SPOKANE, Wash. – An Avista crew returned home from Georgia after helping for more than a week to turn the power back on. More than one million people in the Peach State lost power when Tropical Storm Irma rolled through the state last Monday.

Crews from across the country traveled South to help repair downed power lines. Avista sent a 19 person crew with 15 vehicles to Macon, which is about an hour and a half south of Atlanta.

"I think it's huge, just as a nation, to show how we stand together as a nation in America when times get tough to look out after each other and help out in anyway we can,” Coeur d’Alene manager from Avista Chris Schlothauer said.

Schlothauer said the damage they saw in Georgia was very similar to what the Inland Northwest saw after the 2015 wind storm.

"The tree damage--that was a majority of the damage from the wind and the hurricane,” he explained. “The biggest difference, I guess, from the pines we have in our area--they have a lot of poplars there were extremely large that took out a lot of the poles, lines and infrastructure in the area."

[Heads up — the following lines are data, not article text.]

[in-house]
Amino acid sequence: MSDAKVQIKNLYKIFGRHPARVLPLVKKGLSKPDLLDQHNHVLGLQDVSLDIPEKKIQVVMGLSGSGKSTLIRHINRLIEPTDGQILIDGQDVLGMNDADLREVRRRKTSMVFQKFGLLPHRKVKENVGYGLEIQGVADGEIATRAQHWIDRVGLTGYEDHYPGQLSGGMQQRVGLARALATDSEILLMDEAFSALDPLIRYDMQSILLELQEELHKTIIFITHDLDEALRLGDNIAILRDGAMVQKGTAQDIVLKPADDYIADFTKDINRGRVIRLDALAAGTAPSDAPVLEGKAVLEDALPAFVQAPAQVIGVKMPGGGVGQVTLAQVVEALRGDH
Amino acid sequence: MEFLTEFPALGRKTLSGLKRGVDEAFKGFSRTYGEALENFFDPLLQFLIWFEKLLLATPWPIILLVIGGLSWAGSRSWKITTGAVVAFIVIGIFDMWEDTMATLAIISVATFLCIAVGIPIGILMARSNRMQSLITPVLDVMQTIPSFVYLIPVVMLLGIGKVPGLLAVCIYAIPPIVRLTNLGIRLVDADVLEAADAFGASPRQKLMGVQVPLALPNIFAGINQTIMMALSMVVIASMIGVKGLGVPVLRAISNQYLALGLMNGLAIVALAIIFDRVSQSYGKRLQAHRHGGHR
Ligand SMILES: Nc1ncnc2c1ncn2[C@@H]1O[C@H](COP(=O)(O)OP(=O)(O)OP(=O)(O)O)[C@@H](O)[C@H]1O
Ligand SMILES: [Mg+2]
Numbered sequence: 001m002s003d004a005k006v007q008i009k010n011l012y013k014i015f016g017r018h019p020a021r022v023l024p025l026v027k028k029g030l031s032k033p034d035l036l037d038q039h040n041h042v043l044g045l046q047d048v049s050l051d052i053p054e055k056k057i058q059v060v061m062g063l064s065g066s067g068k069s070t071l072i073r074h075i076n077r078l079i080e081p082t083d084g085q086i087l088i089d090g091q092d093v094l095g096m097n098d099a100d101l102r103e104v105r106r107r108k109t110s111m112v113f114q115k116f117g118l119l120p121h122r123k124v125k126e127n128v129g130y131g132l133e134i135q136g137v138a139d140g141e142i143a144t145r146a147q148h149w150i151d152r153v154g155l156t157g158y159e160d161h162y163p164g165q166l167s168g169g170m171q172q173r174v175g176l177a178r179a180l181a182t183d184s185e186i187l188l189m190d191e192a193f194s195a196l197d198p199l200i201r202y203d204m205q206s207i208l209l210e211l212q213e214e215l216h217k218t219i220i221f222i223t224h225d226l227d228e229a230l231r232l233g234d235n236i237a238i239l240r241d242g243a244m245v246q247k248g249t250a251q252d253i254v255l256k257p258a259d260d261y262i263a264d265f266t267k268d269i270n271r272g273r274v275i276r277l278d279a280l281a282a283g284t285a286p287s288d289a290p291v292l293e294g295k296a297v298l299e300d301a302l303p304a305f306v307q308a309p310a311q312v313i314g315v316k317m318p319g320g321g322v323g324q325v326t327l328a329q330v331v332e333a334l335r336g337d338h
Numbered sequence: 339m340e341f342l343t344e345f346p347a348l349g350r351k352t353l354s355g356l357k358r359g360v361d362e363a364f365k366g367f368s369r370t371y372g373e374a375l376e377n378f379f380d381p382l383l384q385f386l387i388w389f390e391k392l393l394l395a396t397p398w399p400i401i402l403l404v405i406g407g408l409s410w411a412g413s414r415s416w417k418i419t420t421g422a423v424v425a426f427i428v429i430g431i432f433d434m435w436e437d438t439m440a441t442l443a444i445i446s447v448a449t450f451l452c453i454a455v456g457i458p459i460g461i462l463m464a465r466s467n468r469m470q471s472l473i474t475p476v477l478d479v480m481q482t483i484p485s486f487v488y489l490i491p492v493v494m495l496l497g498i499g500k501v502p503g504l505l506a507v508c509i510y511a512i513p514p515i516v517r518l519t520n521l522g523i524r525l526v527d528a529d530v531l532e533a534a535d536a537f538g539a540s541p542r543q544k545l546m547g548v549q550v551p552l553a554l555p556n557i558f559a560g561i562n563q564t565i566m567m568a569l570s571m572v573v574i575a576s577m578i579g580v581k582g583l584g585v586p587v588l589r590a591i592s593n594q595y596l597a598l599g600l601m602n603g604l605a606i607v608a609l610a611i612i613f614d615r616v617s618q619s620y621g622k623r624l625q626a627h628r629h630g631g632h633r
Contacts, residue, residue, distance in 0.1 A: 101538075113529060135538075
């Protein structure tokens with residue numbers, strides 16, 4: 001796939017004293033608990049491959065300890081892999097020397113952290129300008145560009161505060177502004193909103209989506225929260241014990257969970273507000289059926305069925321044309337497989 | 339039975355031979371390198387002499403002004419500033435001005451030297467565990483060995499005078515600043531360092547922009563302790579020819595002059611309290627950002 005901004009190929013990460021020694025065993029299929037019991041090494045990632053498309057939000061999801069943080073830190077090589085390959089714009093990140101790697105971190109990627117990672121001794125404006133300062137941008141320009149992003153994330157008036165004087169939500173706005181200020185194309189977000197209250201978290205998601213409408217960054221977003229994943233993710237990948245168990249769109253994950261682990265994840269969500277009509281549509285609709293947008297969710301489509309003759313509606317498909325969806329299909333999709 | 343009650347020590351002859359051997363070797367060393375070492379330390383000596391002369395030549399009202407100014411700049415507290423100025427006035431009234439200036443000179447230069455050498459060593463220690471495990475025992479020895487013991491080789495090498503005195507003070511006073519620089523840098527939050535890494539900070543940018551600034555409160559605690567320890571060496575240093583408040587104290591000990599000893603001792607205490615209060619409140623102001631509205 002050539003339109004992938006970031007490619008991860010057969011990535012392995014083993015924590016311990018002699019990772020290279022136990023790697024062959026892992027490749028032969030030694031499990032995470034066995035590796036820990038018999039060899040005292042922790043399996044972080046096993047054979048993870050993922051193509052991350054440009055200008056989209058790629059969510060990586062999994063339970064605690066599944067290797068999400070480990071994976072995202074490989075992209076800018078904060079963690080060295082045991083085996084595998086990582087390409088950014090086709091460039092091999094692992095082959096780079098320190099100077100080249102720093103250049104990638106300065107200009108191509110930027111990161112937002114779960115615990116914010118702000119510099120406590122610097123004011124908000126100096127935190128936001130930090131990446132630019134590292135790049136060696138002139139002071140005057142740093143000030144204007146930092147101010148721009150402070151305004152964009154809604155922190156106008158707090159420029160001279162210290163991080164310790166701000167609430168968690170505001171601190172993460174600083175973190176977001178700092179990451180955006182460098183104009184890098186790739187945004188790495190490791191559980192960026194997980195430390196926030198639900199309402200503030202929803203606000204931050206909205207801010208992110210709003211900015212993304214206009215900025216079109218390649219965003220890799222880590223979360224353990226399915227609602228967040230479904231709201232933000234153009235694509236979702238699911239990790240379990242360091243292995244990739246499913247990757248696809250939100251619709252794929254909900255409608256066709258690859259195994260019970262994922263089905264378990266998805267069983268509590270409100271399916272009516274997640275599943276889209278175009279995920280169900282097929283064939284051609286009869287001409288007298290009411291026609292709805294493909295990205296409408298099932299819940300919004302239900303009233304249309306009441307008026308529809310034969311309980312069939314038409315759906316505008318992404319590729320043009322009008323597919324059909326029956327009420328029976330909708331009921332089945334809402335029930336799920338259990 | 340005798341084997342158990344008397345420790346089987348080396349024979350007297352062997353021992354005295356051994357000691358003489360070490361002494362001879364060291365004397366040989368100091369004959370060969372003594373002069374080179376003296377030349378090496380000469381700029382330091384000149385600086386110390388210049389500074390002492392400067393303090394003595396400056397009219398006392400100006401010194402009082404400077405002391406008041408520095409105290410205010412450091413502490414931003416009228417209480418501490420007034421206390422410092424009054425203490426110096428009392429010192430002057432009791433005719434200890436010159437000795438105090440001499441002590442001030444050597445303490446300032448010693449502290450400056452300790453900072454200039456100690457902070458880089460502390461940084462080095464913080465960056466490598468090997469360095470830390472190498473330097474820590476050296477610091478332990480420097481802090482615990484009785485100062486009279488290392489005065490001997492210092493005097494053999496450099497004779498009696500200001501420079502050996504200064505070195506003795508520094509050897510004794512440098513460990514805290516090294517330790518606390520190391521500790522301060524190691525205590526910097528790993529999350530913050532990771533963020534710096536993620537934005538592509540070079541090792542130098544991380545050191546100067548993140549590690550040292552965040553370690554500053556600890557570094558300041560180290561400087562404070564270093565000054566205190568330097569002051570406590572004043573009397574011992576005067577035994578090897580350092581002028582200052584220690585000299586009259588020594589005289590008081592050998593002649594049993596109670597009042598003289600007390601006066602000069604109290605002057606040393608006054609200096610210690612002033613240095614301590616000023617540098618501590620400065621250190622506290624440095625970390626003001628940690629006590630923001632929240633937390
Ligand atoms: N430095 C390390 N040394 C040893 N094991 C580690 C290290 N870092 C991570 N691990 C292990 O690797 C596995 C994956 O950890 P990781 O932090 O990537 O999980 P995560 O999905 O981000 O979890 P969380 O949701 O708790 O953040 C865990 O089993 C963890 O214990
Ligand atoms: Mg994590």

Georgia Power – the local company – coordinated what sites Avista would respond to, and Schlothauer said they typically worked 17 hour days.

"All the guys did well,” he said. “As you know they're used to working long hours in the storms and everyone was very appreciative of the fact that we could go back to an area and help others out as we had folks helping us out in the 2015 storm."

Schlothauer said Georgia residents were very friendly and hospitable. One woman even brought them into her historic home, and fed them sandwiches.

He said their accommodations were extremely comfortable.

"They had air conditioning, they had power to them. Very comfortable conditions,” Schlothauer said. “They were bunk style set ups. They were all decked out with sheets and blankets and pillows and you name it."

Schlothauer was proud to report while they were away, Avista crews came back home with no incidents reported.